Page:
20 September 2017

Liberia Braces for Historic Transition

Photo: Liberia Government
President Ellen Johnson Sirleaf waits to address the UN General Assembly (file photo).

President Ellen Johnson-Sirleaf Tuesday delivered her final message at the ongoing United Nations General Assembly in New York, underscoring the importance of the upcoming representative and presidential elections in Liberia.

President Johnson-Sirleaf said Liberians are eager for what she referred to as historic transition that the country has not seen for about 73 years.

"Today, I address you for the last time as I bring to closure my two terms of elected office. Liberia is just 22 days away from historic legislative and presidential elections. It will mark the first time in 73 years that political power will be handed over peacefully, and democratically, from one elected leader to another. This paves the way for the next generation of Liberians to lead the country into the future," Sirleaf told the UN body.

She said the 72nd Regular Session of the United Nations General Assembly is being convened at a time of historic transition in Liberia; one she says is taking place during a period of acute challenges to global order.

"Today, we face the threat of climate change, the violence of terrorism, the risk and indignation of migration, and a nuclear escalation on the Korean peninsula. Moreover, there is a race against time to accommodate a restless youthful population in search of opportunity and a brighter future," she said.

The President paid homage to the progressive and creative leadership of Secretary General Ban Ki Moon, during which he assured the world of his commitment and action to reform the United Nations for increased efficiency, better coordination and gender parity by 2021 at the senior leadership level.

She said Liberia is also pleased with the initial steps taken toward the implementation of the Sustainable Development Goals.

The President said this year's UNGA theme:" Focusing on People - Striving for Peace and a Decent Life for all on a Sustainable Planet," aptly captures a universal aspiration.

"I hope that at the conclusion of our deliberations, we will forge a consensus and renew our commitment as leaders to transform the lives of our people and meet our responsibility to our planet. The work of the United Nations has never been more important to the search for peace and the sustenance for global stability than it is today," she noted.

The Liberian leader said the purpose of the United Nations still represents the genius of collective ability to live together in peace and harmony and offers great hope to a troubled world.

"Liberians bear witness to this truth, and remain grateful to the United Nations, and all of its organs and agencies, for the critical security interventions, and continued support toward Liberia's recovery and democratic aspirations," Johnson-Sirleaf indicated.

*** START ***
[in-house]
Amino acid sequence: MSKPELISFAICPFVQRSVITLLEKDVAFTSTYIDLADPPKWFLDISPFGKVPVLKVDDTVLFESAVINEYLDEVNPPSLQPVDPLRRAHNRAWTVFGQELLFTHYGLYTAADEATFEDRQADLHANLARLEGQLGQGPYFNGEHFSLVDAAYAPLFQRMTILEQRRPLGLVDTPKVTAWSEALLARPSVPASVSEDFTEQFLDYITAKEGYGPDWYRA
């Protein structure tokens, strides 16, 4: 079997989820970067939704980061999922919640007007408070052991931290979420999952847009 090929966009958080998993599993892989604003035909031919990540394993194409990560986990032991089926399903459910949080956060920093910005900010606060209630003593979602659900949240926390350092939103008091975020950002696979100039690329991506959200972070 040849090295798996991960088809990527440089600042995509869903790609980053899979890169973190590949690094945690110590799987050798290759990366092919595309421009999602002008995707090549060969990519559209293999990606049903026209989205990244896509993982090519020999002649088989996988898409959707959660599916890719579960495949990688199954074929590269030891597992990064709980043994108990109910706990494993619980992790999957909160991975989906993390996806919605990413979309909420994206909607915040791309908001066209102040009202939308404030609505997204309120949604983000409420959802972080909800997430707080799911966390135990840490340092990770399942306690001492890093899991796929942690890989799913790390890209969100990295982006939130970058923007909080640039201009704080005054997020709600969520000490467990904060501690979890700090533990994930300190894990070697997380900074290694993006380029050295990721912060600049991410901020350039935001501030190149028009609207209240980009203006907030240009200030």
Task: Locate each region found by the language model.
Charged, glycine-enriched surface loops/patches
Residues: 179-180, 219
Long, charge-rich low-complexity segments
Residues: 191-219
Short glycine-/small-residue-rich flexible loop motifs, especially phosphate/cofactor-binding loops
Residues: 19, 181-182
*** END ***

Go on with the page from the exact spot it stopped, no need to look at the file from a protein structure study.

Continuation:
Recalling her first address to the world body, President Sirleaf said: "Eleven years ago, in September of 2006, I stood before this august body as the newly elected president of the Republic of Liberia, and, the first woman to be democratically elected as head of State on the African continent."

The President said the upcoming elections in Liberia will signal the irreversible course that the country has embarked upon to consolidate its young, post-conflict democracy, stressing "indeed, democracy is on the march in Liberia and, I believe, on an irreversible path forward on the African continent as she trumpeted praises on all of Liberia's partners who made meaningful contributions, financial and in-kind to ensure peaceful elections, and those organizations which will deploy observer missions to attest to the integrity of the elections process."

The President recalled that she assumed office after 25 years of development reversal which was further compounded by a 15-year civil war.

The Liberian leader also said her administration has been successful in transforming the economy from a growth rate of less than zero to more than 8.7% in 2013, until the health crisis and plummeting commodity prices brought a downturn to Liberia's economic recovery, adding "Liberia has adjusted, we are resilient, embracing diversification. Our focus today is towards strengthening the agriculture sector for value addition, and infrastructure development with emphasis on roads and energy for industrialization."

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